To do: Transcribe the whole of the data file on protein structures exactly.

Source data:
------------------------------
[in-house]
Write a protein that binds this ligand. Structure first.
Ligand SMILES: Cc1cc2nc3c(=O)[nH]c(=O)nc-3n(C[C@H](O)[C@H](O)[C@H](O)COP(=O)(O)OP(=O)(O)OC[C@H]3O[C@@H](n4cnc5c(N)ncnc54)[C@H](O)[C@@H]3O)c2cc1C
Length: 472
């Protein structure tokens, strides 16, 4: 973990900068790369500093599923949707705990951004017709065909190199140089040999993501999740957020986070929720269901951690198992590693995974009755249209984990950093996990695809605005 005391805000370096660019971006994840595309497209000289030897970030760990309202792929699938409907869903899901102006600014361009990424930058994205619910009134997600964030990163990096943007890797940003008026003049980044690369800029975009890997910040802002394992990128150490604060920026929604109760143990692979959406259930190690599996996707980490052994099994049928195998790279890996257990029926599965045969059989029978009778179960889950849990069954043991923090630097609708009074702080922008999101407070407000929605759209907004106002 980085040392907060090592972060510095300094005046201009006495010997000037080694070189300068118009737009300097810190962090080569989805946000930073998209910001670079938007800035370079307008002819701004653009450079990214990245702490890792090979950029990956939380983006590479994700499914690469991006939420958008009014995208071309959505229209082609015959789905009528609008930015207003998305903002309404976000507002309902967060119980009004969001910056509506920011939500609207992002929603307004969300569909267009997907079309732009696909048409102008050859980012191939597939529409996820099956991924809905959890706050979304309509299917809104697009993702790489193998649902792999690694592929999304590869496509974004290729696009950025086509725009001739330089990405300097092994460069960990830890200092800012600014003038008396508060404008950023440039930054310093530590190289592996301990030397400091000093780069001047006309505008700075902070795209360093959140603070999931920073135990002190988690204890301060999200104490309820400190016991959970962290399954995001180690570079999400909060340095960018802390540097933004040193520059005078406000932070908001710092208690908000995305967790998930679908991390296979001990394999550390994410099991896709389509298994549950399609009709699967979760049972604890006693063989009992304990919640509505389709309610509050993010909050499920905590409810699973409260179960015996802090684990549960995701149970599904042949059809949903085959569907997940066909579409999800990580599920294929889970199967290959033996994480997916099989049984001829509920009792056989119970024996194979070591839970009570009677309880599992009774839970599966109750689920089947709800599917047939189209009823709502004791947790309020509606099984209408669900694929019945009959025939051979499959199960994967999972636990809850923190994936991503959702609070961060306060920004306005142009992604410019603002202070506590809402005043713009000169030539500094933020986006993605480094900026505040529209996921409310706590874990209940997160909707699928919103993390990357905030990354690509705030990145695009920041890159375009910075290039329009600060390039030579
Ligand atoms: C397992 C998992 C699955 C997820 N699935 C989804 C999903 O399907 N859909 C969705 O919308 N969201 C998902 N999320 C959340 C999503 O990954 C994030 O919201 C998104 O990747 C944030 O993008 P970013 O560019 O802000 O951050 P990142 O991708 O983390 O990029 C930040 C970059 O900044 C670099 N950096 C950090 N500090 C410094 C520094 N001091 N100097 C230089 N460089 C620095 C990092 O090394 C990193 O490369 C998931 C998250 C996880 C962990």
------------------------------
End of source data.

[in-house]
Write a protein that binds this ligand. Structure first.
Ligand SMILES: Cc1cc2nc3c(=O)[nH]c(=O)nc-3n(C[C@H](O)[C@H](O)[C@H](O)COP(=O)(O)OP(=O)(O)OC[C@H]3O[C@@H](n4cnc5c(N)ncnc54)[C@H](O)[C@@H]3O)c2cc1C
Length: 472
């Protein structure tokens, strides 16, 4: 973990900068790369500093599923949707705990951004017709065909190199140089040999993501999740957020986070929720269901951690198992590693995974009755249209984990950093996990695809605005 005391805000370096660019971006994840595309497209000289030897970030760990309202792929699938409907869903899901102006600014361009990424930058994205619910009134997600964030990163990096943007890797940003008026003049980044690369800029975009890997910040802002394992990128150490604060920026929604109760143990692979959406259930190690599996996707980490052994099994049928195998790279890996257990029926599965045969059989029978009778179960889950849990069954043991923090630097609708009074702080922008999101407070407000929605759209907004106002 980085040392907060090592972060510095300094005046201009006495010997000037080694070189300068118009737009300097810190962090080569989805946000930073998209910001670079938007800035370079307008002819701004653009450079990214990245702490890792090979950029990956939380983006590479994700499914690469991006939420958008009014995208071309959505229209082609015959789905009528609008930015207003998305903002309404976000507002309902967060119980009004969001910056509506920011939500609207992002929603307004969300569909267009997907079309732009696909048409102008050859980012191939597939529409996820099956991924809905959890706050979304309509299917809104697009993702790489193998649902792999690694592929999304590869496509974004290729696009950025086509725009001739330089990405300097092994460069960990830890200092800012600014003038008396508060404008950023440039930054310093530590190289592996301990030397400091000093780069001047006309505008700075902070795209360093959140603070999931920073135990002190988690204890301060999200104490309820400190016991959970962290399954995001180690570079999400909060340095960018802390540097933004040193520059005078406000932070908001710092208690908000995305967790998930679908991390296979001990394999550390994410099991896709389509298994549950399609009709699967979760049972604890006693063989009992304990919640509505389709309610509050993010909050499920905590409810699973409260179960015996802090684990549960995701149970599904042949059809949903085959569907997940066909579409999800990580599920294929889970199967290959033996994480997916099989049984001829509920009792056989119970024996194979070591839970009570009677309880599992009774839970599966109750689920089947709800599917047939189209009823709502004791947790309020509606099984209408669900694929019945009959025939051979499959199960994967999972636990809850923190994936991503959702609070961060306060920004306005142009992604410019603002202070506590809402005043713009000169030539500094933020986006993605480094900026505040529209996921409310706590874990209940997160909707699928919103993390990357905030990354690509705030990145695009920041890159375009910075290039329009600060390039030579
Ligand atoms: C397992 C998992 C699955 C997820 N699935 C989804 C999903 O399907 N859909 C969705 O919308 N969201 C998902 N999320 C959340 C999503 O990954 C994030 O919201 C998104 O990747 C944030 O993008 P970013 O560019 O802000 O951050 P990142 O991708 O983390 O990029 C930040 C970059 O900044 C670099 N950096 C950090 N500090 C410094 C520094 N001091 N100097 C230089 N460089 C620095 C990092 O090394 C990193 O490369 C998931 C998250 C996880 C962990």